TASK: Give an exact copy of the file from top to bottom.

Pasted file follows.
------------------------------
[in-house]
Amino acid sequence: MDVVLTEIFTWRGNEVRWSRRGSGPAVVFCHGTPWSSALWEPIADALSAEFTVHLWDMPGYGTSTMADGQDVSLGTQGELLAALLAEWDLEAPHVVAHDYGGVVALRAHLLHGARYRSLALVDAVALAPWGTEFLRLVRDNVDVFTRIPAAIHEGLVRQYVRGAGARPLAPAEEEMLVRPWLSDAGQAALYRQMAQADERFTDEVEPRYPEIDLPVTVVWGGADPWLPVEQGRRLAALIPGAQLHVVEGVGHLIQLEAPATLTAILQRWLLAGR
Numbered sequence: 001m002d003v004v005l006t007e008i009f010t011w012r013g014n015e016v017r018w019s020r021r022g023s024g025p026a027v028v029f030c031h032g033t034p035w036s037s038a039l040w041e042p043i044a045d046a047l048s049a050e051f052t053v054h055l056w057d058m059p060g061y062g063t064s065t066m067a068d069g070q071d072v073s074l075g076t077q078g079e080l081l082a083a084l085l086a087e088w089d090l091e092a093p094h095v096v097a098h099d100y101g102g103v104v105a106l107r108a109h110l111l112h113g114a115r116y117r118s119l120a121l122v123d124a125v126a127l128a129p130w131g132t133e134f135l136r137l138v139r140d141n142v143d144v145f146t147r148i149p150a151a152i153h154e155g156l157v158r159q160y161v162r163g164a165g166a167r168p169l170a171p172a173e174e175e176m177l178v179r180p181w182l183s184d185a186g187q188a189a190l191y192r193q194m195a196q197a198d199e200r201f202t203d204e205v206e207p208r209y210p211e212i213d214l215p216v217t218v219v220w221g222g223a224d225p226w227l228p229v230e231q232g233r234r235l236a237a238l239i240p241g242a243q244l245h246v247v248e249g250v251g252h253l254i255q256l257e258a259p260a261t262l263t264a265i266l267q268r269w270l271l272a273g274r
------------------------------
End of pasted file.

[in-house]
Amino acid sequence: MDVVLTEIFTWRGNEVRWSRRGSGPAVVFCHGTPWSSALWEPIADALSAEFTVHLWDMPGYGTSTMADGQDVSLGTQGELLAALLAEWDLEAPHVVAHDYGGVVALRAHLLHGARYRSLALVDAVALAPWGTEFLRLVRDNVDVFTRIPAAIHEGLVRQYVRGAGARPLAPAEEEMLVRPWLSDAGQAALYRQMAQADERFTDEVEPRYPEIDLPVTVVWGGADPWLPVEQGRRLAALIPGAQLHVVEGVGHLIQLEAPATLTAILQRWLLAGR
Numbered sequence: 001m002d003v004v005l006t007e008i009f010t011w012r013g014n015e016v017r018w019s020r021r022g023s024g025p026a027v028v029f030c031h032g033t034p035w036s037s038a039l040w041e042p043i044a045d046a047l048s049a050e051f052t053v054h055l056w057d058m059p060g061y062g063t064s065t066m067a068d069g070q071d072v073s074l075g076t077q078g079e080l081l082a083a084l085l086a087e088w089d090l091e092a093p094h095v096v097a098h099d100y101g102g103v104v105a106l107r108a109h110l111l112h113g114a115r116y117r118s119l120a121l122v123d124a125v126a127l128a129p130w131g132t133e134f135l136r137l138v139r140d141n142v143d144v145f146t147r148i149p150a151a152i153h154e155g156l157v158r159q160y161v162r163g164a165g166a167r168p169l170a171p172a173e174e175e176m177l178v179r180p181w182l183s184d185a186g187q188a189a190l191y192r193q194m195a196q197a198d199e200r201f202t203d204e205v206e207p208r209y210p211e212i213d214l215p216v217t218v219v220w221g222g223a224d225p226w227l228p229v230e231q232g233r234r235l236a237a238l239i240p241g242a243q244l245h246v247v248e249g250v251g252h253l254i255q256l257e258a259p260a261t262l263t264a265i266l267q268r269w270l271l272a273g274r